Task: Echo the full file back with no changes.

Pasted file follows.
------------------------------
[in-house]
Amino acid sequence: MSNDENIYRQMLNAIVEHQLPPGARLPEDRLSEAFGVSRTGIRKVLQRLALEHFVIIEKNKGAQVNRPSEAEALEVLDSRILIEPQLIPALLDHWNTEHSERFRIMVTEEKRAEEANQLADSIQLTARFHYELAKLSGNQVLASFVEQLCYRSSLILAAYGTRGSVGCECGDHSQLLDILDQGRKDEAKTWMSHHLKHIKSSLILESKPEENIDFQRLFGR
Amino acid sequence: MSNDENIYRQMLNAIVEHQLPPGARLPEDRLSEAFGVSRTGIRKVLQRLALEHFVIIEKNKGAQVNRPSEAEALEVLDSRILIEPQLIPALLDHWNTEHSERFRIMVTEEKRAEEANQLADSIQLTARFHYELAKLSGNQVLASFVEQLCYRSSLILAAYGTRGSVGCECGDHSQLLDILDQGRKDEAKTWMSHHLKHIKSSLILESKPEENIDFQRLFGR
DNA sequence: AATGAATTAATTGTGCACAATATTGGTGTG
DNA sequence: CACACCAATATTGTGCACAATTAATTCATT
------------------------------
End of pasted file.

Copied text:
[in-house]
Amino acid sequence: MSNDENIYRQMLNAIVEHQLPPGARLPEDRLSEAFGVSRTGIRKVLQRLALEHFVIIEKNKGAQVNRPSEAEALEVLDSRILIEPQLIPALLDHWNTEHSERFRIMVTEEKRAEEANQLADSIQLTARFHYELAKLSGNQVLASFVEQLCYRSSLILAAYGTRGSVGCECGDHSQLLDILDQGRKDEAKTWMSHHLKHIKSSLILESKPEENIDFQRLFGR
Amino acid sequence: MSNDENIYRQMLNAIVEHQLPPGARLPEDRLSEAFGVSRTGIRKVLQRLALEHFVIIEKNKGAQVNRPSEAEALEVLDSRILIEPQLIPALLDHWNTEHSERFRIMVTEEKRAEEANQLADSIQLTARFHYELAKLSGNQVLASFVEQLCYRSSLILAAYGTRGSVGCECGDHSQLLDILDQGRKDEAKTWMSHHLKHIKSSLILESKPEENIDFQRLFGR
DNA sequence: AATGAATTAATTGTGCACAATATTGGTGTG
DNA sequence: CACACCAATATTGTGCACAATTAATTCATT